As first spotted by ComputerBase, Nvidia's German division has published the product page for the GeForce MX450. More surprisingly, the entry-level mobile graphics card seems to come with support for PCIe 4.0 or so we are led to believe.
Nvidia's marketing says that the GeForce MX450 will provide improved performance over the current GeForce MX300-series for different workloads, including photo and video editing as well as gaming scenarios. The chipmaker just doesn't state how much higher performance, and it didn't provide any technical specifications either. Among the list of supported technologies, Nvidia mentioned PCIe 4.0, but we think the chipmaker might be alluding to Intel's 11th Generation Tiger Lake processors.
Laptop manufacturers love pairing Intel processors with Nvidia's GeForce MX-series graphics cards so you'll likely find the GeForce MX450 alongside some Tiger Lake processor in the foreseeable future. Perhaps, Nvidia intended to say that the GeForce MX450 works fine with processors that support PCIe 4.0 rather than stating that the graphics card actually takes advantage of the speedy interface.
Let's not forget that the GeForce MX450 is aimed at budget machines, so it doesn't make sense for it to come with PCIe 4.0 since the graphics card will probably not need that much bandwidth. Of course, supporting PCIe 4.0 on a mobile platform gives you bragging rights, but the reality of the situation is that it doesn't bring any substantial benefits and only sips unnecessary power. That's the reason why AMD left out PCIe 4.0 support on its latest Ryzen 4000-series (codename Renoir) chips.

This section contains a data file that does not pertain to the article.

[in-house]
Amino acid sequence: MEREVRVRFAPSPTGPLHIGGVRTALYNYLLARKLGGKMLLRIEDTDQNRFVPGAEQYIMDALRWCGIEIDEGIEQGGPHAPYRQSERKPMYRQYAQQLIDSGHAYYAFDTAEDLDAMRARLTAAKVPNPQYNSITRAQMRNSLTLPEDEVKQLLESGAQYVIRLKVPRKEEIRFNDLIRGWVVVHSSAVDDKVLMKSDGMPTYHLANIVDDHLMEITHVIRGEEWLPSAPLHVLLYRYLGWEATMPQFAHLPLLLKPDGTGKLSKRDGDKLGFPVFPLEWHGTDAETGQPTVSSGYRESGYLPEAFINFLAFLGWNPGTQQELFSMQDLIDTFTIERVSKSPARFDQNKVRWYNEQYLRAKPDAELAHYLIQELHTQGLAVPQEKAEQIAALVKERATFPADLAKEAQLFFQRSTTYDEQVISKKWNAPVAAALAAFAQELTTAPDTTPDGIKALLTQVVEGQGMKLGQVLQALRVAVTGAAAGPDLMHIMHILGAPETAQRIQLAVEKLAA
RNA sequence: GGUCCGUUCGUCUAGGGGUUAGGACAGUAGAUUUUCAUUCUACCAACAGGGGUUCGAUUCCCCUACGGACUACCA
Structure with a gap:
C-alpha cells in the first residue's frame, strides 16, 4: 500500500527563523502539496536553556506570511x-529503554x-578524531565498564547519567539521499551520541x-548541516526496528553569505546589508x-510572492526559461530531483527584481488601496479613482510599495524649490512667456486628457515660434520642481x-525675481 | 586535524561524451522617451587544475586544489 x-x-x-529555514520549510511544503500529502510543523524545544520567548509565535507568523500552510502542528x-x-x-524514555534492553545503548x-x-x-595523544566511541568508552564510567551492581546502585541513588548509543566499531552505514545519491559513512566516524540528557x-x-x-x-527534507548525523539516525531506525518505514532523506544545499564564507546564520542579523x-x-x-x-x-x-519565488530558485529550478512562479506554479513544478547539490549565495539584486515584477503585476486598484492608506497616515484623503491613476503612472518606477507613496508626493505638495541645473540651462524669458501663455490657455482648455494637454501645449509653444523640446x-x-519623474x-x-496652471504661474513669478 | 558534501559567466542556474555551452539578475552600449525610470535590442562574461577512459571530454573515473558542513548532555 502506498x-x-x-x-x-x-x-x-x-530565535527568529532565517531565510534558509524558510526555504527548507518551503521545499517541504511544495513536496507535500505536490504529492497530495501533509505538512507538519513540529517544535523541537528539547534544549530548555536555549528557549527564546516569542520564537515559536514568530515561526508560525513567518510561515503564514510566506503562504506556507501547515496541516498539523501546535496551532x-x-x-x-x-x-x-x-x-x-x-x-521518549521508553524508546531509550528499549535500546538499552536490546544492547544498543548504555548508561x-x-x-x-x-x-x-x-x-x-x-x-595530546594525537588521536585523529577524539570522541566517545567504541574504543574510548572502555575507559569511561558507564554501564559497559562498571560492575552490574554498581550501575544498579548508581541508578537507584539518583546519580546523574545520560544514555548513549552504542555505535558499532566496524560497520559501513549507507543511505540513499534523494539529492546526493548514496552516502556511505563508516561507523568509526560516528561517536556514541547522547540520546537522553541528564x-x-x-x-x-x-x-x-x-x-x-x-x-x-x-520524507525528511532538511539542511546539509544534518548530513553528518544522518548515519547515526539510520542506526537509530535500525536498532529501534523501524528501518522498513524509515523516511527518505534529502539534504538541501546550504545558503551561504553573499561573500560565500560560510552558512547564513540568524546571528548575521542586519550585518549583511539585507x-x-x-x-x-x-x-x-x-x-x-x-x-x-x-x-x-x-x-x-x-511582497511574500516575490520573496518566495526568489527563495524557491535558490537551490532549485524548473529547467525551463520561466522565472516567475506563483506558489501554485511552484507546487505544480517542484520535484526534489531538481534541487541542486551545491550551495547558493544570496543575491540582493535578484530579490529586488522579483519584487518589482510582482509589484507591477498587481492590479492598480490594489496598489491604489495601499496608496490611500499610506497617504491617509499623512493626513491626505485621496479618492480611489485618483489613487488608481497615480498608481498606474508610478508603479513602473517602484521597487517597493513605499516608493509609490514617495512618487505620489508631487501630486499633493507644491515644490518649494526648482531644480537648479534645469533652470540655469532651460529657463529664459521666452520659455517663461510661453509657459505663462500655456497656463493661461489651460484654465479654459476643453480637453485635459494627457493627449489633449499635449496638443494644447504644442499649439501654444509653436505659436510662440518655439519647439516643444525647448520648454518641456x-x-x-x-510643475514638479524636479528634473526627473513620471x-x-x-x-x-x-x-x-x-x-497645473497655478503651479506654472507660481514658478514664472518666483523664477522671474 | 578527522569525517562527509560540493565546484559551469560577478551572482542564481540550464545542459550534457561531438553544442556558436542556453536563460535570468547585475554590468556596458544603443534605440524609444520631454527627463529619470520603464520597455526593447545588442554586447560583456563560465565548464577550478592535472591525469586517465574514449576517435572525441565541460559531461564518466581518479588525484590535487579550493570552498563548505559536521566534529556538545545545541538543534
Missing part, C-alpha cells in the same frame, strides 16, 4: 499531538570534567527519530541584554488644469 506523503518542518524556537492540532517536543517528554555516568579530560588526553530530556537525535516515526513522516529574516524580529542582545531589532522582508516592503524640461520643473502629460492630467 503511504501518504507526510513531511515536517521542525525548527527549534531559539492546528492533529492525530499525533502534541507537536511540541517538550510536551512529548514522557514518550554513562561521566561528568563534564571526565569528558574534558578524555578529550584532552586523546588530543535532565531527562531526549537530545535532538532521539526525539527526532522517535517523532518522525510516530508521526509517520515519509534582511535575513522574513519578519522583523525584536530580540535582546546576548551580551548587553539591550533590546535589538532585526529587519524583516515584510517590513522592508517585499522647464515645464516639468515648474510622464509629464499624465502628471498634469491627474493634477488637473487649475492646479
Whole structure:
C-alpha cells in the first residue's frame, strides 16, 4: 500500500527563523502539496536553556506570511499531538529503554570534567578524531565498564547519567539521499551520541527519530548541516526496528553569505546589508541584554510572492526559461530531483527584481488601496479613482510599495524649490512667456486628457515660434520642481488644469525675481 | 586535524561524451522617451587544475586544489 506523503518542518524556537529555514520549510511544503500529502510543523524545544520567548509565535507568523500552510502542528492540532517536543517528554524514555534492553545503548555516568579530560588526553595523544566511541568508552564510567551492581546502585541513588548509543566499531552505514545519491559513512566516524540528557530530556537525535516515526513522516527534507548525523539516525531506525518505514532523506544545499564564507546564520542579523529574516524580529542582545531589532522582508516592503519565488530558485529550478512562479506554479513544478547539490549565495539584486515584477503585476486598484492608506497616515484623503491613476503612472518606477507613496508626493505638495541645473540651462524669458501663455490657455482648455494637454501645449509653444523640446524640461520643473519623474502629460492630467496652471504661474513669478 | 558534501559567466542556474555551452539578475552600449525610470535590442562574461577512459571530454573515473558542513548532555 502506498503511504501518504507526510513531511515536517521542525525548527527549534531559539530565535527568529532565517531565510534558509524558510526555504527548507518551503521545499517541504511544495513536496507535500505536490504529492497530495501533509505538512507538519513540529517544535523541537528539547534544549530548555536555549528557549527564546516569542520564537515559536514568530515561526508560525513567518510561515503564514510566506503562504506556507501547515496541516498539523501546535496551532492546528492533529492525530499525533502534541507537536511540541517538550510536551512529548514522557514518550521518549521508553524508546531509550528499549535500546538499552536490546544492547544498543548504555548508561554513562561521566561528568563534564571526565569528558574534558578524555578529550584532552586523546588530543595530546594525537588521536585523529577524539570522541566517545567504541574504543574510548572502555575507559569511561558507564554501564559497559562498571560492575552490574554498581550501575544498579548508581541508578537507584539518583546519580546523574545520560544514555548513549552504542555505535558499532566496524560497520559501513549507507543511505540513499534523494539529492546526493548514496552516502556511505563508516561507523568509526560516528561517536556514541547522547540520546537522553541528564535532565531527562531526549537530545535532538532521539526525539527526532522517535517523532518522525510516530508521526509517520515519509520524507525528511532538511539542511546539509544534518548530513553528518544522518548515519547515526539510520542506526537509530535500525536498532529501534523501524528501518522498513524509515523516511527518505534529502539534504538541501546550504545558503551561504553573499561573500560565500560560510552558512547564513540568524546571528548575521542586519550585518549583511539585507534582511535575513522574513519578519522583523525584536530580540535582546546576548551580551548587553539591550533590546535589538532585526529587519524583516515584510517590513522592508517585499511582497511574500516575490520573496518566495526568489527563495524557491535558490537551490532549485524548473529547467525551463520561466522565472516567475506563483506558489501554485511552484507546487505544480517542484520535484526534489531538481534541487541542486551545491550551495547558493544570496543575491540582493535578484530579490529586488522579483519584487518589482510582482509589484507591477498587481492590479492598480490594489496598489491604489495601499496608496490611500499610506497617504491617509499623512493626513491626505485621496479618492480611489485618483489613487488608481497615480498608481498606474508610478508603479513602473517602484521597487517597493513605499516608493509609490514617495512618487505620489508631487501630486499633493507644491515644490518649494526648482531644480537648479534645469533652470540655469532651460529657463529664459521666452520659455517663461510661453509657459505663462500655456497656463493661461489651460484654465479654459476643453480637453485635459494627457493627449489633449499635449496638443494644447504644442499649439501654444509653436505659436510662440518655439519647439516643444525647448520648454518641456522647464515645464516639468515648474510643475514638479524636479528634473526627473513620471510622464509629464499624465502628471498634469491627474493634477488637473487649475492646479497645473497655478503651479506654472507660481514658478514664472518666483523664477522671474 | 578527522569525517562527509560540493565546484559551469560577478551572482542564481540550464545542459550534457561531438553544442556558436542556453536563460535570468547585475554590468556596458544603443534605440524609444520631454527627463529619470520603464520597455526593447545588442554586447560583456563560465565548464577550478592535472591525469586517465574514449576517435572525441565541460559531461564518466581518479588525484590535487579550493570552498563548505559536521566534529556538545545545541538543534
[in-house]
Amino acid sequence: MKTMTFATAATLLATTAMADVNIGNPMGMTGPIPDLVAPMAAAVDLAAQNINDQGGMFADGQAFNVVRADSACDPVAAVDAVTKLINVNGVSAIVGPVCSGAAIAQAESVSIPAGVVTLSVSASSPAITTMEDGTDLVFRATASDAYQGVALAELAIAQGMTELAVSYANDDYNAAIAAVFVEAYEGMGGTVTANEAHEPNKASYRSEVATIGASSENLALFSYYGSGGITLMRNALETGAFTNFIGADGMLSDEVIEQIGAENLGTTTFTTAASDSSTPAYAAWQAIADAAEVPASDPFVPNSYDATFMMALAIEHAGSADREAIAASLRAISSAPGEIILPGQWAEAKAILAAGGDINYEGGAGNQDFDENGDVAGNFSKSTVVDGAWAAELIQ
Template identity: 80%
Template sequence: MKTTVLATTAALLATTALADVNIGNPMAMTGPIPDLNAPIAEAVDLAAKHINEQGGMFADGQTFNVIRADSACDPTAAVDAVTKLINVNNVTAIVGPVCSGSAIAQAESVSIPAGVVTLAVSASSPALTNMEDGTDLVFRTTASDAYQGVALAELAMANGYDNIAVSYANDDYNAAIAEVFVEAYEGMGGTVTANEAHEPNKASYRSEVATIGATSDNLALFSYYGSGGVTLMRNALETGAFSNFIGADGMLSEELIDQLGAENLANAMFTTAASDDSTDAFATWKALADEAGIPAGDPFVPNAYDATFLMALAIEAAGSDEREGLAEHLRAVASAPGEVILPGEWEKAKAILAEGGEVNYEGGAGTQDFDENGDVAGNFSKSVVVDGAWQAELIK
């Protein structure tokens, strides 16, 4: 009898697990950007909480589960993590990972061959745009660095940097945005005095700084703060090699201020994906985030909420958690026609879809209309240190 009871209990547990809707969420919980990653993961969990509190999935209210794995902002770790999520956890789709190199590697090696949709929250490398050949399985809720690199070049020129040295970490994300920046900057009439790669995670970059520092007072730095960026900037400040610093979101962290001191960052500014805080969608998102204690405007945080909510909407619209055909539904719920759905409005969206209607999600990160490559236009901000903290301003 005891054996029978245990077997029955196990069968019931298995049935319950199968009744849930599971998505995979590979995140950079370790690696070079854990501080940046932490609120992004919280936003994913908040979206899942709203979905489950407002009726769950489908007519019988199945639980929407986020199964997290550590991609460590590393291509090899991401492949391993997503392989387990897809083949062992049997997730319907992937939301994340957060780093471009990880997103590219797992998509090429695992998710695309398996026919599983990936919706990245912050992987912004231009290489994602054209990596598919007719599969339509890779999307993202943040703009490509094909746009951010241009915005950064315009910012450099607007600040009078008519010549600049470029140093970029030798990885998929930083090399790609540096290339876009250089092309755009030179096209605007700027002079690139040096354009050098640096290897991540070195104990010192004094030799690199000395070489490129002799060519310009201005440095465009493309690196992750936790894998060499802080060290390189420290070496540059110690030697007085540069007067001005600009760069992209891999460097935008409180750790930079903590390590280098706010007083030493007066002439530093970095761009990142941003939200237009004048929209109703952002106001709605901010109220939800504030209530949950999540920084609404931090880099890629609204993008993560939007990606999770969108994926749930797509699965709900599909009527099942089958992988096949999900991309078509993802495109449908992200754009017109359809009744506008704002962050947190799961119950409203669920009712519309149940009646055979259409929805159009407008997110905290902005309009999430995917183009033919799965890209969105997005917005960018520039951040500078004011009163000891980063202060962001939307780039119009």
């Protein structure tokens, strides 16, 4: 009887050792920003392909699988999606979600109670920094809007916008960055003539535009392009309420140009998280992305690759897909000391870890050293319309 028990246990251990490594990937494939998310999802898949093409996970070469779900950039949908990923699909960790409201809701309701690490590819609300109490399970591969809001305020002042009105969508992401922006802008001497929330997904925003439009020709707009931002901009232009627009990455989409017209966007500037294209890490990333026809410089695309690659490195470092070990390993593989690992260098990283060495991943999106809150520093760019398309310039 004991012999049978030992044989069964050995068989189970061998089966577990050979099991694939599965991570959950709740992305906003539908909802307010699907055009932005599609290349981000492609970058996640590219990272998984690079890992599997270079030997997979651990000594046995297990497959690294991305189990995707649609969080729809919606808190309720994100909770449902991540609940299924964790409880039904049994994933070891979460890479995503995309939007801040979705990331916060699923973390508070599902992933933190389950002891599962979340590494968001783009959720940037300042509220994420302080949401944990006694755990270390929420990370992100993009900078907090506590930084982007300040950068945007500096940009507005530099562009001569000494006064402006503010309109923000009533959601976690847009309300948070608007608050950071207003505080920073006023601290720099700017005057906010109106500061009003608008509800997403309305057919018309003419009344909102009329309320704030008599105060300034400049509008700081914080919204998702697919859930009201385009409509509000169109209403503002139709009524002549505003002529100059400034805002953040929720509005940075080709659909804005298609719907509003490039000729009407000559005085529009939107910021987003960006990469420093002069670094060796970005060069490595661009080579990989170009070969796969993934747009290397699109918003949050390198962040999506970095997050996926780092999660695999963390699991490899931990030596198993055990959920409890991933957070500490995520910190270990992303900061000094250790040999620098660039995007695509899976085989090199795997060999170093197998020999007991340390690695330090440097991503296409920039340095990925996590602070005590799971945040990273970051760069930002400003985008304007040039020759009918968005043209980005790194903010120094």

None of Nvidia's current mainstream offerings leverage the PCIe 4.0 standard. Ampere should change that, but the GeForce MX450 is rumored to feature the TU117 die. The existing GeForce MX350 is still on Pascal so it's logical to expect its successor to land with a Turing silicon. We don't see the GeForce MX450 having PCIe 4.0, unless Nvidia equips it with an Ampere die, which is highly unlikely considering that the MX-series have historically been the last parts to jump to a new silicon platform.
The memory upgrade, on the other hand, should prove more useful for the GeForce MX450 in situations where memory bandwidth holds value. While the GeForce MX350 was stuck with GDDR5 memory, the GeForce MX450 should be able to support both GDDR5 and GDDR6 memory. The latter enables the GeForce MX450 to employ faster memory, and even if it's still constrained within a modest memory interface, the graphics card will enjoy a good boost in memory bandwidth.
Nvidia isn't fond of making a big deal out of low-end products, such as the MX-series. We're not even sure if we can even call this a launch, but for what it's worth, it shouldn't be long before the GeForce MX450 starts showing up in laptops.